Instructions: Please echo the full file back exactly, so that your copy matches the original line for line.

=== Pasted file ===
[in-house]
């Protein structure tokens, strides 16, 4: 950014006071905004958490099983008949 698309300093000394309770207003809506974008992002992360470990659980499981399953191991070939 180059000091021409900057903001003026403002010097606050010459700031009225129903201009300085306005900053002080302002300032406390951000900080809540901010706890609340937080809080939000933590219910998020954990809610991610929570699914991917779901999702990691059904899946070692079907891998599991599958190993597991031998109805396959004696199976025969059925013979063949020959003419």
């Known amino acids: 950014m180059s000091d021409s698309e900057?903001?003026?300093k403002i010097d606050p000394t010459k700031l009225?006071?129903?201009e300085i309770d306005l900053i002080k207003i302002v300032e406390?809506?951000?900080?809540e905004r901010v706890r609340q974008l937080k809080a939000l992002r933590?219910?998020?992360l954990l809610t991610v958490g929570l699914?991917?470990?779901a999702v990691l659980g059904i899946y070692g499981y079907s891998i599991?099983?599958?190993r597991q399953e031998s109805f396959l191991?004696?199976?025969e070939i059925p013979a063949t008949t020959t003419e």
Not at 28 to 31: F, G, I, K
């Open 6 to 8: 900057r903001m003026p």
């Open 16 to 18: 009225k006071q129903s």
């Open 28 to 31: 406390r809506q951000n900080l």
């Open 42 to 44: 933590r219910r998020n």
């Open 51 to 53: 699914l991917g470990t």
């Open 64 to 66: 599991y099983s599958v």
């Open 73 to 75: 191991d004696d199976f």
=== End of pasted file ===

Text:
[in-house]
């Protein structure tokens, strides 16, 4: 950014006071905004958490099983008949 698309300093000394309770207003809506974008992002992360470990659980499981399953191991070939 180059000091021409900057903001003026403002010097606050010459700031009225129903201009300085306005900053002080302002300032406390951000900080809540901010706890609340937080809080939000933590219910998020954990809610991610929570699914991917779901999702990691059904899946070692079907891998599991599958190993597991031998109805396959004696199976025969059925013979063949020959003419």
């Known amino acids: 950014m180059s000091d021409s698309e900057?903001?003026?300093k403002i010097d606050p000394t010459k700031l009225?006071?129903?201009e300085i309770d306005l900053i002080k207003i302002v300032e406390?809506?951000?900080?809540e905004r901010v706890r609340q974008l937080k809080a939000l992002r933590?219910?998020?992360l954990l809610t991610v958490g929570l699914?991917?470990?779901a999702v990691l659980g059904i899946y070692g499981y079907s891998i599991?099983?599958?190993r597991q399953e031998s109805f396959l191991?004696?199976?025969e070939i059925p013979a063949t008949t020959t003419e």
Not at 28 to 31: F, G, I, K
């Open 6 to 8: 900057r903001m003026p």
């Open 16 to 18: 009225k006071q129903s």
């Open 28 to 31: 406390r809506q951000n900080l």
């Open 42 to 44: 933590r219910r998020n």
């Open 51 to 53: 699914l991917g470990t």
């Open 64 to 66: 599991y099983s599958v």
């Open 73 to 75: 191991d004696d199976f």